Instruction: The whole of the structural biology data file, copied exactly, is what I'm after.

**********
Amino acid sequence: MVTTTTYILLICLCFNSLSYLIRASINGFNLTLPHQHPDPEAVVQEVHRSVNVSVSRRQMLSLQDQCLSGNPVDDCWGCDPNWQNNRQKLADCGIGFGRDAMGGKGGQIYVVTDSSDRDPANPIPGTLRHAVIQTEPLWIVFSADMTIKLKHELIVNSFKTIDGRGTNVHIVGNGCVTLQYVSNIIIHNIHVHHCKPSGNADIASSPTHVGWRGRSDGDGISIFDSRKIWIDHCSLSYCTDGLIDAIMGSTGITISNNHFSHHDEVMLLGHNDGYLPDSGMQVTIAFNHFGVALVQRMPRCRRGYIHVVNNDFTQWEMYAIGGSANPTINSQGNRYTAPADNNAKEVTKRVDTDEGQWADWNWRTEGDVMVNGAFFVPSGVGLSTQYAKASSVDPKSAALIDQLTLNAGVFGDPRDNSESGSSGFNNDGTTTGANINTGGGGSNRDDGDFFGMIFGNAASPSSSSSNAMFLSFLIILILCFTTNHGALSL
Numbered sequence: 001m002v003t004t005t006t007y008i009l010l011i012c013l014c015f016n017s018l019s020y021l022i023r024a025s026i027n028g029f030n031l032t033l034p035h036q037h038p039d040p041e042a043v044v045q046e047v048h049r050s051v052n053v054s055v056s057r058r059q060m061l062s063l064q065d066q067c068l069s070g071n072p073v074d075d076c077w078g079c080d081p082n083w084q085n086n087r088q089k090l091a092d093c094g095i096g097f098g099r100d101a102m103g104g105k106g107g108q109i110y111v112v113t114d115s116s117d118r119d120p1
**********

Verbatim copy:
Amino acid sequence: MVTTTTYILLICLCFNSLSYLIRASINGFNLTLPHQHPDPEAVVQEVHRSVNVSVSRRQMLSLQDQCLSGNPVDDCWGCDPNWQNNRQKLADCGIGFGRDAMGGKGGQIYVVTDSSDRDPANPIPGTLRHAVIQTEPLWIVFSADMTIKLKHELIVNSFKTIDGRGTNVHIVGNGCVTLQYVSNIIIHNIHVHHCKPSGNADIASSPTHVGWRGRSDGDGISIFDSRKIWIDHCSLSYCTDGLIDAIMGSTGITISNNHFSHHDEVMLLGHNDGYLPDSGMQVTIAFNHFGVALVQRMPRCRRGYIHVVNNDFTQWEMYAIGGSANPTINSQGNRYTAPADNNAKEVTKRVDTDEGQWADWNWRTEGDVMVNGAFFVPSGVGLSTQYAKASSVDPKSAALIDQLTLNAGVFGDPRDNSESGSSGFNNDGTTTGANINTGGGGSNRDDGDFFGMIFGNAASPSSSSSNAMFLSFLIILILCFTTNHGALSL
Numbered sequence: 001m002v003t004t005t006t007y008i009l010l011i012c013l014c015f016n017s018l019s020y021l022i023r024a025s026i027n028g029f030n031l032t033l034p035h036q037h038p039d040p041e042a043v044v045q046e047v048h049r050s051v052n053v054s055v056s057r058r059q060m061l062s063l064q065d066q067c068l069s070g071n072p073v074d075d076c077w078g079c080d081p082n083w084q085n086n087r088q089k090l091a092d093c094g095i096g097f098g099r100d101a102m103g104g105k106g107g108q109i110y111v112v113t114d115s116s117d118r119d120p1